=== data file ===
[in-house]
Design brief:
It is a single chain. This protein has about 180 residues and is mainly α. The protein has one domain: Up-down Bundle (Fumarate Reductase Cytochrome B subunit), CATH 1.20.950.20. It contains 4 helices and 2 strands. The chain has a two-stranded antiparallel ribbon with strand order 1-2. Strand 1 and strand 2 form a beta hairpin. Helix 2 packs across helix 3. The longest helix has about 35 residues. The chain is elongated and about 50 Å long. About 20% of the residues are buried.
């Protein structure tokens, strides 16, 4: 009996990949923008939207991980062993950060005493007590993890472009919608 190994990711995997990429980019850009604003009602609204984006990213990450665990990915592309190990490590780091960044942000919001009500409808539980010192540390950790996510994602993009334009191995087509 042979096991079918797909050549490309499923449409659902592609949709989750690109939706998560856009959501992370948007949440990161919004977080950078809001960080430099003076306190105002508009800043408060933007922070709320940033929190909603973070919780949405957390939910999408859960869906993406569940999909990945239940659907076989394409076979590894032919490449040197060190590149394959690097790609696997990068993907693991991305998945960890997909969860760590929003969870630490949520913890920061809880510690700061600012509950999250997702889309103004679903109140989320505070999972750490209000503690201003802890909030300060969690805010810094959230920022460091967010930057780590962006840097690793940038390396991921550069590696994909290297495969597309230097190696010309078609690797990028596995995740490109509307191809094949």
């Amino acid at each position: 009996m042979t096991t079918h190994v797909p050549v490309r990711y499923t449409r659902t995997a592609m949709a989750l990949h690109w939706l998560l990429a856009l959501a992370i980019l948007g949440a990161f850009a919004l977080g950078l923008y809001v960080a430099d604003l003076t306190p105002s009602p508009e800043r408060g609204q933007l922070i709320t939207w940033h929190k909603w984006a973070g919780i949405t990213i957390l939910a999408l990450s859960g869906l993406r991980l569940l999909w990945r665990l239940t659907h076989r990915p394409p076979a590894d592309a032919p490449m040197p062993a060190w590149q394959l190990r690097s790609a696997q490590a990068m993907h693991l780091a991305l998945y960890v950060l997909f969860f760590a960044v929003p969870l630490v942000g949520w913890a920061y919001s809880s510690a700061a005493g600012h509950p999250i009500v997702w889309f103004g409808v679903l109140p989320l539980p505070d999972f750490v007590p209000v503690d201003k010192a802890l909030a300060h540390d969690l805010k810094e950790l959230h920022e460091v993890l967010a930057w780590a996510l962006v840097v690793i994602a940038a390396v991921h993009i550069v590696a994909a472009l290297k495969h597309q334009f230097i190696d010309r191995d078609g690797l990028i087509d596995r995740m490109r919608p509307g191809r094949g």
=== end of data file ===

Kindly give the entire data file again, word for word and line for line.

[in-house]
Design brief:
It is a single chain. This protein has about 180 residues and is mainly α. The protein has one domain: Up-down Bundle (Fumarate Reductase Cytochrome B subunit), CATH 1.20.950.20. It contains 4 helices and 2 strands. The chain has a two-stranded antiparallel ribbon with strand order 1-2. Strand 1 and strand 2 form a beta hairpin. Helix 2 packs across helix 3. The longest helix has about 35 residues. The chain is elongated and about 50 Å long. About 20% of the residues are buried.
């Protein structure tokens, strides 16, 4: 009996990949923008939207991980062993950060005493007590993890472009919608 190994990711995997990429980019850009604003009602609204984006990213990450665990990915592309190990490590780091960044942000919001009500409808539980010192540390950790996510994602993009334009191995087509 042979096991079918797909050549490309499923449409659902592609949709989750690109939706998560856009959501992370948007949440990161919004977080950078809001960080430099003076306190105002508009800043408060933007922070709320940033929190909603973070919780949405957390939910999408859960869906993406569940999909990945239940659907076989394409076979590894032919490449040197060190590149394959690097790609696997990068993907693991991305998945960890997909969860760590929003969870630490949520913890920061809880510690700061600012509950999250997702889309103004679903109140989320505070999972750490209000503690201003802890909030300060969690805010810094959230920022460091967010930057780590962006840097690793940038390396991921550069590696994909290297495969597309230097190696010309078609690797990028596995995740490109509307191809094949």
């Amino acid at each position: 009996m042979t096991t079918h190994v797909p050549v490309r990711y499923t449409r659902t995997a592609m949709a989750l990949h690109w939706l998560l990429a856009l959501a992370i980019l948007g949440a990161f850009a919004l977080g950078l923008y809001v960080a430099d604003l003076t306190p105002s009602p508009e800043r408060g609204q933007l922070i709320t939207w940033h929190k909603w984006a973070g919780i949405t990213i957390l939910a999408l990450s859960g869906l993406r991980l569940l999909w990945r665990l239940t659907h076989r990915p394409p076979a590894d592309a032919p490449m040197p062993a060190w590149q394959l190990r690097s790609a696997q490590a990068m993907h693991l780091a991305l998945y960890v950060l997909f969860f760590a960044v929003p969870l630490v942000g949520w913890a920061y919001s809880s510690a700061a005493g600012h509950p999250i009500v997702w889309f103004g409808v679903l109140p989320l539980p505070d999972f750490v007590p209000v503690d201003k010192a802890l909030a300060h540390d969690l805010k810094e950790l959230h920022e460091v993890l967010a930057w780590a996510l962006v840097v690793i994602a940038a390396v991921h993009i550069v590696a994909a472009l290297k495969h597309q334009f230097i190696d010309r191995d078609g690797l990028i087509d596995r995740m490109r919608p509307g191809r094949g």